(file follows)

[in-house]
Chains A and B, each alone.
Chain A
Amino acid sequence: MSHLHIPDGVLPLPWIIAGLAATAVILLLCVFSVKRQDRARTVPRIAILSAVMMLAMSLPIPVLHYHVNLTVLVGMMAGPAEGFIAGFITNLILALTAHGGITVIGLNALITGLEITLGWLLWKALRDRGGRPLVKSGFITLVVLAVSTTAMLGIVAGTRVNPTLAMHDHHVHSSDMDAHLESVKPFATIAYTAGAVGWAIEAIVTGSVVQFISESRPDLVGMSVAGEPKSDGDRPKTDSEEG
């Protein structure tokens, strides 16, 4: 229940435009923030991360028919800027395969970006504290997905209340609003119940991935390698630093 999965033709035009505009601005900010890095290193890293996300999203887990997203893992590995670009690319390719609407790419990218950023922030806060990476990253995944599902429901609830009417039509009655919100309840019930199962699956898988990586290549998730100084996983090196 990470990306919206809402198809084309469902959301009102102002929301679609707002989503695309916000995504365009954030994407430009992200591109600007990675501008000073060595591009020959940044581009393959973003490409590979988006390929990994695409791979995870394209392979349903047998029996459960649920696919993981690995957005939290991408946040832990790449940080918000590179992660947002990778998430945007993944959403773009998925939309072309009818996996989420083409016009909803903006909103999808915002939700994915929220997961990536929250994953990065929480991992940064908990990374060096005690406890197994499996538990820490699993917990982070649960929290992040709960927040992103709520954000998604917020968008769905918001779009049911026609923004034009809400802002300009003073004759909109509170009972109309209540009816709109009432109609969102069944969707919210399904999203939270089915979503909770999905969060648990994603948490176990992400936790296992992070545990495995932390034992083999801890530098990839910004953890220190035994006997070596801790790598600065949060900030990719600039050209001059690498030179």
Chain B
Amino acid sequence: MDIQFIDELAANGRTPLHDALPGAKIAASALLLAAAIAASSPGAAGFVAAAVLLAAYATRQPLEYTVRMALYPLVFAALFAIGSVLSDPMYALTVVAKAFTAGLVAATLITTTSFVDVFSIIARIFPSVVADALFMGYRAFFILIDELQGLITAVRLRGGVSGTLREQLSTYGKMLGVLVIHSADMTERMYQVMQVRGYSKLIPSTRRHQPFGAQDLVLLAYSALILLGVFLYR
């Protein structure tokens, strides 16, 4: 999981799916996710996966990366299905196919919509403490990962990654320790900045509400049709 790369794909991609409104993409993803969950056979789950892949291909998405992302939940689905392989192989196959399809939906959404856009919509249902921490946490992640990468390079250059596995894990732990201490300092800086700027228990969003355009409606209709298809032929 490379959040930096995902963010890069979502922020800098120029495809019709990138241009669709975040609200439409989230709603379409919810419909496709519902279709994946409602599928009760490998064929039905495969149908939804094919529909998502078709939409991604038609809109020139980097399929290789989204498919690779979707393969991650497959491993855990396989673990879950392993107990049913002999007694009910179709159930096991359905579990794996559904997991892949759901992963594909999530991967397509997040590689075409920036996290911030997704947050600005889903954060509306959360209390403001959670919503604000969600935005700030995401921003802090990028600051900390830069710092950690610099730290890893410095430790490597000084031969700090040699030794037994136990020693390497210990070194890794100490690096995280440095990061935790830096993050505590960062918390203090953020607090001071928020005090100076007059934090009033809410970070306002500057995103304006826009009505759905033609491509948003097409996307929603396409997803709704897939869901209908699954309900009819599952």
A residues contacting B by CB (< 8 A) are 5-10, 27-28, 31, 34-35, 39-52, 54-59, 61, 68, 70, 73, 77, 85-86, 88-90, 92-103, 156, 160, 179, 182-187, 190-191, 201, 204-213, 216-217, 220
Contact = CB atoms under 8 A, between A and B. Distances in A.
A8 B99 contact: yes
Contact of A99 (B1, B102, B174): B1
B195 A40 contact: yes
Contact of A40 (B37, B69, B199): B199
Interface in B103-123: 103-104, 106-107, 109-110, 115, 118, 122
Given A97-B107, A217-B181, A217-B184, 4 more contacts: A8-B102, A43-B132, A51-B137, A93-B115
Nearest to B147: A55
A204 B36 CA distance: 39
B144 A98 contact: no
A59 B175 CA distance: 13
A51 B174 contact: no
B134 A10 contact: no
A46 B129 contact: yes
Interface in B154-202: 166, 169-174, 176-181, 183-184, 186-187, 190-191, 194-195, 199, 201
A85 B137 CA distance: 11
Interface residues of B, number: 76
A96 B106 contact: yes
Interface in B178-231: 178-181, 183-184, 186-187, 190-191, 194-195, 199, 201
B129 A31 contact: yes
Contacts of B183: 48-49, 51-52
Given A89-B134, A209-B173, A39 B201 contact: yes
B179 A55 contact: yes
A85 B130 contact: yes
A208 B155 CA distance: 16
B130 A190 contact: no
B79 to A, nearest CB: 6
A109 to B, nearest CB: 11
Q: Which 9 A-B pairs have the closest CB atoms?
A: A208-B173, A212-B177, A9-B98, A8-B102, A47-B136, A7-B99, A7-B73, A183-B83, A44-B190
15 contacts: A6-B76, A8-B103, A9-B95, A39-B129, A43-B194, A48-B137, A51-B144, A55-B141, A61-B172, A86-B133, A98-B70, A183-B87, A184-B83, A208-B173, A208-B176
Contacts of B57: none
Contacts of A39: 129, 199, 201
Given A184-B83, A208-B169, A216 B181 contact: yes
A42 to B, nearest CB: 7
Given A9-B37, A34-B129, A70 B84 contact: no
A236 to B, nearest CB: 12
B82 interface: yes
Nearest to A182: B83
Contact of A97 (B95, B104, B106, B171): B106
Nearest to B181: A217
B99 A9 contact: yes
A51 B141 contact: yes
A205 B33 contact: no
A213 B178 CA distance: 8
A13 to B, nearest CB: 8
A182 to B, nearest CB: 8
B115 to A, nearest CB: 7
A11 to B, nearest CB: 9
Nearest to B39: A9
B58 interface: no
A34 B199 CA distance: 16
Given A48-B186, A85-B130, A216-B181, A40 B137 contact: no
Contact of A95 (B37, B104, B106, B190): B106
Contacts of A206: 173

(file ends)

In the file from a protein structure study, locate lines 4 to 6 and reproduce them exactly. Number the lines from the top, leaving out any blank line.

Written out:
Amino acid sequence: MSHLHIPDGVLPLPWIIAGLAATAVILLLCVFSVKRQDRARTVPRIAILSAVMMLAMSLPIPVLHYHVNLTVLVGMMAGPAEGFIAGFITNLILALTAHGGITVIGLNALITGLEITLGWLLWKALRDRGGRPLVKSGFITLVVLAVSTTAMLGIVAGTRVNPTLAMHDHHVHSSDMDAHLESVKPFATIAYTAGAVGWAIEAIVTGSVVQFISESRPDLVGMSVAGEPKSDGDRPKTDSEEG
């Protein structure tokens, strides 16, 4: 229940435009923030991360028919800027395969970006504290997905209340609003119940991935390698630093 999965033709035009505009601005900010890095290193890293996300999203887990997203893992590995670009690319390719609407790419990218950023922030806060990476990253995944599902429901609830009417039509009655919100309840019930199962699956898988990586290549998730100084996983090196 990470990306919206809402198809084309469902959301009102102002929301679609707002989503695309916000995504365009954030994407430009992200591109600007990675501008000073060595591009020959940044581009393959973003490409590979988006390929990994695409791979995870394209392979349903047998029996459960649920696919993981690995957005939290991408946040832990790449940080918000590179992660947002990778998430945007993944959403773009998925939309072309009818996996989420083409016009909803903006909103999808915002939700994915929220997961990536929250994953990065929480991992940064908990990374060096005690406890197994499996538990820490699993917990982070649960929290992040709960927040992103709520954000998604917020968008769905918001779009049911026609923004034009809400802002300009003073004759909109509170009972109309209540009816709109009432109609969102069944969707919210399904999203939270089915979503909770999905969060648990994603948490176990992400936790296992992070545990495995932390034992083999801890530098990839910004953890220190035994006997070596801790790598600065949060900030990719600039050209001059690498030179």
Chain B